“Dead to Me” by Anton Strout is yet another entry in the “paranormal investigator” genre: though flawed, it represents a good effort to do something different with the premise.
Simon Canderous is a rookie investigator with the New York City D.E.A. (Department of Extraordinary Affairs). This is an officially off-the-record department that handles all of the paranormal crime in the city. Simon’s gift is psychometry: by touching objects he can divine things about their histories and the people that have handled them. The curse of this ability is that it can (and does) introduce a whole new angle to the phenomenon of TMI. He had been using his powers as a petty criminal, defrauding people in the both the above-board and underground (who knew?) antiques business. Now he looks to make up for his criminal ways by fighting Evil.
The tone of this book constantly shifts from being a straightforward urban fantasy to an outright satire/send-up of the genre, and back again. Many books of this ilk are essentially adventures with some comedic asides; comedic either due to the wit of the characters or the absurdity of the situation. Strout inserts actual Comedy: jokes, punny names, sitcom-like set-ups with punchlines, etc. For example, one running gag involves the numerous seminars and pamphlets available to DEA agents. Some of the titles are quite clever and it was a good overall gag (reminding me a bit of Terry Pratchett and Douglas Adams). The leading supervisors of the department are Inspectres (ba-dump-CHING). There is an actual Things That Go Bump in the Night division. Lurking in the background is a secret society of the “old school” warriors of Good known as the Fraternal Order of Goodness (aka FOGies), and so on. Much is made of the issues that arise when fighting Evil becomes a bureaucratic function of city government. Then, jarringly, the book would take a turn into serious action and characterization. While I applaud the effort to defy pigeonholing, it left me feeling that the author wasn’t sure of his tone, which is a problem.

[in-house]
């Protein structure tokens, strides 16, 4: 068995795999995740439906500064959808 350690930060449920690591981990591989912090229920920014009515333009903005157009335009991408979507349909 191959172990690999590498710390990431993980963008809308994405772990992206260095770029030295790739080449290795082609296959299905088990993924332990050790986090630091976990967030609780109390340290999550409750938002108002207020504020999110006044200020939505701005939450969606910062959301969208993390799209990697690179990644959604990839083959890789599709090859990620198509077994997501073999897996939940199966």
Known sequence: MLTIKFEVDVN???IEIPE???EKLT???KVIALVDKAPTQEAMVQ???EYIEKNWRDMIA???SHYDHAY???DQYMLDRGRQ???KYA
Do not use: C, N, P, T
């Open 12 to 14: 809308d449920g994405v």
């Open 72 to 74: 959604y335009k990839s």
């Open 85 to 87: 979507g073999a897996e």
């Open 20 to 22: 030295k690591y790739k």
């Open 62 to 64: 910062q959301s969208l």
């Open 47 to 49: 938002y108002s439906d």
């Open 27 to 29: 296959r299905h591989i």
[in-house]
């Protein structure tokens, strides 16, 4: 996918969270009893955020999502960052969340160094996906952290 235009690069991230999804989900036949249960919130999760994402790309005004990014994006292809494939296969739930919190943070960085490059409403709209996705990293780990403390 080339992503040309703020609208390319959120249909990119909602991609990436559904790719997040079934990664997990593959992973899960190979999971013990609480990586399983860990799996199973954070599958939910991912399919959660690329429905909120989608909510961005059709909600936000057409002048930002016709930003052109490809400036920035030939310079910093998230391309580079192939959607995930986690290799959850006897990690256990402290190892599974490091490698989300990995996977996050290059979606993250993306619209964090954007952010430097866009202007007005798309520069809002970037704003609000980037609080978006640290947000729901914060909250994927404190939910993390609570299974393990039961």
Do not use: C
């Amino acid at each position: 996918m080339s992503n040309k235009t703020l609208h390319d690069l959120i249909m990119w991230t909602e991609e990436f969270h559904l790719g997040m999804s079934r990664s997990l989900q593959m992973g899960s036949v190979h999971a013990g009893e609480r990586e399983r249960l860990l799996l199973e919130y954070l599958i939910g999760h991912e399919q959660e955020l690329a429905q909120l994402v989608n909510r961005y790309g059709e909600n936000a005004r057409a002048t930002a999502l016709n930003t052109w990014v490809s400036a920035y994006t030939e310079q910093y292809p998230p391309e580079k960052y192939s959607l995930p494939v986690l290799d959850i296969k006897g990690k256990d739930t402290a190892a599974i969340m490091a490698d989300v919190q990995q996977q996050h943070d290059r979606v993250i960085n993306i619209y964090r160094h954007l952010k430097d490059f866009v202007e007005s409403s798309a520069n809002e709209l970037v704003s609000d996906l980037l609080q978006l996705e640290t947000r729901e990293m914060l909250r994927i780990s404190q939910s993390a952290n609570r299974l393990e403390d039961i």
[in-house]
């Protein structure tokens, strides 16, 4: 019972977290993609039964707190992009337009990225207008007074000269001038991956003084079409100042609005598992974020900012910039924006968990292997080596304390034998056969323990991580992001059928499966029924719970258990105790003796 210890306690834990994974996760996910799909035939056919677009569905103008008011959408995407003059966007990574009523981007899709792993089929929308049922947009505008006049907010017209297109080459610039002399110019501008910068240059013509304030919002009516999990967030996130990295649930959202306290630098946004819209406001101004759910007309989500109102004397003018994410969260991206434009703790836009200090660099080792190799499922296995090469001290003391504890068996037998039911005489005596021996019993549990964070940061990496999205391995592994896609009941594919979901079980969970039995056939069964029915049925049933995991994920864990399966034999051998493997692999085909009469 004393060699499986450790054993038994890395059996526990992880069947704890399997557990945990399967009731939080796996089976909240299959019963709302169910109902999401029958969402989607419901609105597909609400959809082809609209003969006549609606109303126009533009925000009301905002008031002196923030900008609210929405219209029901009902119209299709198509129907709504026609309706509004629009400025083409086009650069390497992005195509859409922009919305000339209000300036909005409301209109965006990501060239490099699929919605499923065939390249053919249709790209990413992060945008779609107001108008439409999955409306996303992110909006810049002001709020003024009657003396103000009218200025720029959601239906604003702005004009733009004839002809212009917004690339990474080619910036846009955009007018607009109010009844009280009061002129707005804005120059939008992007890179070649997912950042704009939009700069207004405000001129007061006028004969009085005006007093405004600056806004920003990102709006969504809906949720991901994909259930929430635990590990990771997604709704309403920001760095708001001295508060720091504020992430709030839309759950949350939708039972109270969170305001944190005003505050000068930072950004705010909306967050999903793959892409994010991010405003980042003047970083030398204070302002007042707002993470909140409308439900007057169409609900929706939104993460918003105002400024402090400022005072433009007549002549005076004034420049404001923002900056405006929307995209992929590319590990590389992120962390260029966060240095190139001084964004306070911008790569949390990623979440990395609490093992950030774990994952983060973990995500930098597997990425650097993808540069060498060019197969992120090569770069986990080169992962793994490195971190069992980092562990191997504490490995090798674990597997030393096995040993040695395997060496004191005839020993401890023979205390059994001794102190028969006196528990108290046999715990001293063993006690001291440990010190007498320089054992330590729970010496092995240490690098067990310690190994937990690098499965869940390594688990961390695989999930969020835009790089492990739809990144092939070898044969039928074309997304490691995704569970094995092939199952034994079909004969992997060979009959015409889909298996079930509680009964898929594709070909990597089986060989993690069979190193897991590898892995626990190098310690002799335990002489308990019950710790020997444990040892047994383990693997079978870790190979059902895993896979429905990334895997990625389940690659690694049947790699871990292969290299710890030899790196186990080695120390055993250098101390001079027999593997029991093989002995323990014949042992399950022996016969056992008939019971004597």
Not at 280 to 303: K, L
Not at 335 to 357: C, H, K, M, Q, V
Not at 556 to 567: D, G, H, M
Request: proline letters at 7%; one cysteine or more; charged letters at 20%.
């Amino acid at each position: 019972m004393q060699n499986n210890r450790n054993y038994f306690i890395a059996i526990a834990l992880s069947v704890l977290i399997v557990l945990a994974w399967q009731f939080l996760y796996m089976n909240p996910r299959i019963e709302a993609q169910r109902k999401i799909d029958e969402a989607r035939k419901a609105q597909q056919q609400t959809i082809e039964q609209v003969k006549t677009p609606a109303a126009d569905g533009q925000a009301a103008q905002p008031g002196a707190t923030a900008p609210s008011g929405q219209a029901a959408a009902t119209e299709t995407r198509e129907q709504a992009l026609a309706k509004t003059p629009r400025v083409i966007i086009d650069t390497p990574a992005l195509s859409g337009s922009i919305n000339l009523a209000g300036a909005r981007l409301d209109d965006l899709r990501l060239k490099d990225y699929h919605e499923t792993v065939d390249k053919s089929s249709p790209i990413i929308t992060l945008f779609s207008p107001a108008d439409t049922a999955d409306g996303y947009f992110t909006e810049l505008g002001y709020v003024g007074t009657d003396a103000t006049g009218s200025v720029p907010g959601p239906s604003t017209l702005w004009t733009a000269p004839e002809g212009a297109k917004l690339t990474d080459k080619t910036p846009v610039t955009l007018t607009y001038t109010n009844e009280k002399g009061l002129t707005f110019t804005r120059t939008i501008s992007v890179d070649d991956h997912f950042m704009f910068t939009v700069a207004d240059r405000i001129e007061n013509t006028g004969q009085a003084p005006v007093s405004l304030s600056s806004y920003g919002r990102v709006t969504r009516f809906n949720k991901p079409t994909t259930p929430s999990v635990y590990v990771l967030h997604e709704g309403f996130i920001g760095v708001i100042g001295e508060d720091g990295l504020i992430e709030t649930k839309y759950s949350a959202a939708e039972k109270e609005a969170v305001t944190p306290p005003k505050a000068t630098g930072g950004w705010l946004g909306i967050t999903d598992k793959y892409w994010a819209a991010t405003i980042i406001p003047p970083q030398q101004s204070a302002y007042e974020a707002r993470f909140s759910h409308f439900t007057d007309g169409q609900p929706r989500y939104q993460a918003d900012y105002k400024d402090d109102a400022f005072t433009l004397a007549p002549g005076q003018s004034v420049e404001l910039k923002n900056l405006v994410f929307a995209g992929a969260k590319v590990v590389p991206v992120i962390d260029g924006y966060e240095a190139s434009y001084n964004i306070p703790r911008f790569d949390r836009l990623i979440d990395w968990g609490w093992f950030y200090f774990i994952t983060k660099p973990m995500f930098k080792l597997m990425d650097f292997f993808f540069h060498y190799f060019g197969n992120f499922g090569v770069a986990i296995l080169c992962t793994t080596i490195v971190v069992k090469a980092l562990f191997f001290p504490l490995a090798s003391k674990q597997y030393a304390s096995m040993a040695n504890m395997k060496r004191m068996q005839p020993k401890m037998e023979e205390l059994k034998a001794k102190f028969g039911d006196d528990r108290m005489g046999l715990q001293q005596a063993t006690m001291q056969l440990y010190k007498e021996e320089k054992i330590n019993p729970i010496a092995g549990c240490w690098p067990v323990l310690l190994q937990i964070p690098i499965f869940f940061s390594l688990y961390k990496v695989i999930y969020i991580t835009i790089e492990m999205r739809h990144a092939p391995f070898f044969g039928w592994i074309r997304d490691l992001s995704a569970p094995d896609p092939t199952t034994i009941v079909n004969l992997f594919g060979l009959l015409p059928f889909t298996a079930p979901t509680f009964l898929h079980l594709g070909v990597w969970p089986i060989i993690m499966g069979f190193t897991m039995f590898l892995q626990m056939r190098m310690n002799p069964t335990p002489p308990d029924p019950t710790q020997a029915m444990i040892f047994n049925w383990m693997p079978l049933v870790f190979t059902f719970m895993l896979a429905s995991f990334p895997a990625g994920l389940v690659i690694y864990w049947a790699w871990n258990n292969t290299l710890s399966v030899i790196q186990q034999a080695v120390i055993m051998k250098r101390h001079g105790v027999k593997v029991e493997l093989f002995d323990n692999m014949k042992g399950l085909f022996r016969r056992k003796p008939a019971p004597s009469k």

Simon is a likable hero with a sympathetic voice. However, most of the action in the book is propelled by his inability to have a reasonable reaction to any situation. The one thing you can count on is that Simon will overreact. This is a legitimate character flaw, but I’m hoping that in future adventures he learns from these mistakes or that this trait will be less of a catalyst for the conflict.
Despite these issues, I did enjoy the book and am mildly curious about the next (“Deader Still“). The action is well-paced and the characters are likable. The author has given himself a lot of good bits to play with here: the premise is smart and there are plenty of opportunities for some interesting things to happen. “Dead to Me” is a good first-effort with room for improvement.
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